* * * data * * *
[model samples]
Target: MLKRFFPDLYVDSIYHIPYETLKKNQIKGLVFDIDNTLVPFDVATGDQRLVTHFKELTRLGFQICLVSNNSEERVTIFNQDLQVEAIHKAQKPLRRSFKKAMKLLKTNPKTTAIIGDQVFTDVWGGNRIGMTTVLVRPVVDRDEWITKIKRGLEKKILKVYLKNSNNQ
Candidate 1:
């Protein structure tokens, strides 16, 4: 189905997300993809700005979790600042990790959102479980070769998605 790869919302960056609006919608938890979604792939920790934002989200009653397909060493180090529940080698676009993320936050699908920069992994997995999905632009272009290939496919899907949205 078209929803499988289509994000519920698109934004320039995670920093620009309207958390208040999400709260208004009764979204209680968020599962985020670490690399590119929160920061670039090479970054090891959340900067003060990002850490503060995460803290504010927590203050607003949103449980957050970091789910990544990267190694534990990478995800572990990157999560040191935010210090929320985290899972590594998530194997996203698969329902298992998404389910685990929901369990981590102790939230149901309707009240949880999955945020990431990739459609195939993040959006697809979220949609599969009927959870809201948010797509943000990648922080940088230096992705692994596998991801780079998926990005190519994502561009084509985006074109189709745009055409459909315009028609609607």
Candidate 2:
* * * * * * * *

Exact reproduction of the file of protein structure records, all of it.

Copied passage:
[model samples]
Target: MLKRFFPDLYVDSIYHIPYETLKKNQIKGLVFDIDNTLVPFDVATGDQRLVTHFKELTRLGFQICLVSNNSEERVTIFNQDLQVEAIHKAQKPLRRSFKKAMKLLKTNPKTTAIIGDQVFTDVWGGNRIGMTTVLVRPVVDRDEWITKIKRGLEKKILKVYLKNSNNQ
Candidate 1:
């Protein structure tokens, strides 16, 4: 189905997300993809700005979790600042990790959102479980070769998605 790869919302960056609006919608938890979604792939920790934002989200009653397909060493180090529940080698676009993320936050699908920069992994997995999905632009272009290939496919899907949205 078209929803499988289509994000519920698109934004320039995670920093620009309207958390208040999400709260208004009764979204209680968020599962985020670490690399590119929160920061670039090479970054090891959340900067003060990002850490503060995460803290504010927590203050607003949103449980957050970091789910990544990267190694534990990478995800572990990157999560040191935010210090929320985290899972590594998530194997996203698969329902298992998404389910685990929901369990981590102790939230149901309707009240949880999955945020990431990739459609195939993040959006697809979220949609599969009927959870809201948010797509943000990648922080940088230096992705692994596998991801780079998926990005190519994502561009084509985006074109189709745009055409459909315009028609609607």
Candidate 2: